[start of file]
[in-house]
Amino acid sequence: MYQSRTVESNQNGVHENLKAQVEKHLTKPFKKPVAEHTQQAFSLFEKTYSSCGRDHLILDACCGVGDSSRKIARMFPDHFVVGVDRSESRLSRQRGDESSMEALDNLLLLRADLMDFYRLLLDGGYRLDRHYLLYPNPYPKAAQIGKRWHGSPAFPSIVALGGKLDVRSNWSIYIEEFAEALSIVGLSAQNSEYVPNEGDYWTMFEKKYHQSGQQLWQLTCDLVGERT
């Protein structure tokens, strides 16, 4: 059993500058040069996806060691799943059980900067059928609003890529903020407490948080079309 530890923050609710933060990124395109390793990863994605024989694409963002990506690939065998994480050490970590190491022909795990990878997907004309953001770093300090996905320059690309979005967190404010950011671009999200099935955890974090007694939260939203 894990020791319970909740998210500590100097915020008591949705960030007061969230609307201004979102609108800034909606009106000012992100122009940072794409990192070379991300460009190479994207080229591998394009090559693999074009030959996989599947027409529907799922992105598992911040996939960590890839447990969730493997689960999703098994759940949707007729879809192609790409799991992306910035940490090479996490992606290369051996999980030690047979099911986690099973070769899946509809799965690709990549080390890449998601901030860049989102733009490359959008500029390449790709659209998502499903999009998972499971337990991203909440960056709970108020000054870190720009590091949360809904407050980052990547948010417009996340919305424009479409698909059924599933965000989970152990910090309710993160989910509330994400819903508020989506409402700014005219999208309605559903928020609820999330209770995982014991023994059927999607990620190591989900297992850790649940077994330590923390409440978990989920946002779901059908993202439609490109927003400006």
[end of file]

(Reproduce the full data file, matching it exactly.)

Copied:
[in-house]
Amino acid sequence: MYQSRTVESNQNGVHENLKAQVEKHLTKPFKKPVAEHTQQAFSLFEKTYSSCGRDHLILDACCGVGDSSRKIARMFPDHFVVGVDRSESRLSRQRGDESSMEALDNLLLLRADLMDFYRLLLDGGYRLDRHYLLYPNPYPKAAQIGKRWHGSPAFPSIVALGGKLDVRSNWSIYIEEFAEALSIVGLSAQNSEYVPNEGDYWTMFEKKYHQSGQQLWQLTCDLVGERT
């Protein structure tokens, strides 16, 4: 059993500058040069996806060691799943059980900067059928609003890529903020407490948080079309 530890923050609710933060990124395109390793990863994605024989694409963002990506690939065998994480050490970590190491022909795990990878997907004309953001770093300090996905320059690309979005967190404010950011671009999200099935955890974090007694939260939203 894990020791319970909740998210500590100097915020008591949705960030007061969230609307201004979102609108800034909606009106000012992100122009940072794409990192070379991300460009190479994207080229591998394009090559693999074009030959996989599947027409529907799922992105598992911040996939960590890839447990969730493997689960999703098994759940949707007729879809192609790409799991992306910035940490090479996490992606290369051996999980030690047979099911986690099973070769899946509809799965690709990549080390890449998601901030860049989102733009490359959008500029390449790709659209998502499903999009998972499971337990991203909440960056709970108020000054870190720009590091949360809904407050980052990547948010417009996340919305424009479409698909059924599933965000989970152990910090309710993160989910509330994400819903508020989506409402700014005219999208309605559903928020609820999330209770995982014991023994059927999607990620190591989900297992850790649940077994330590923390409440978990989920946002779901059908993202439609490109927003400006």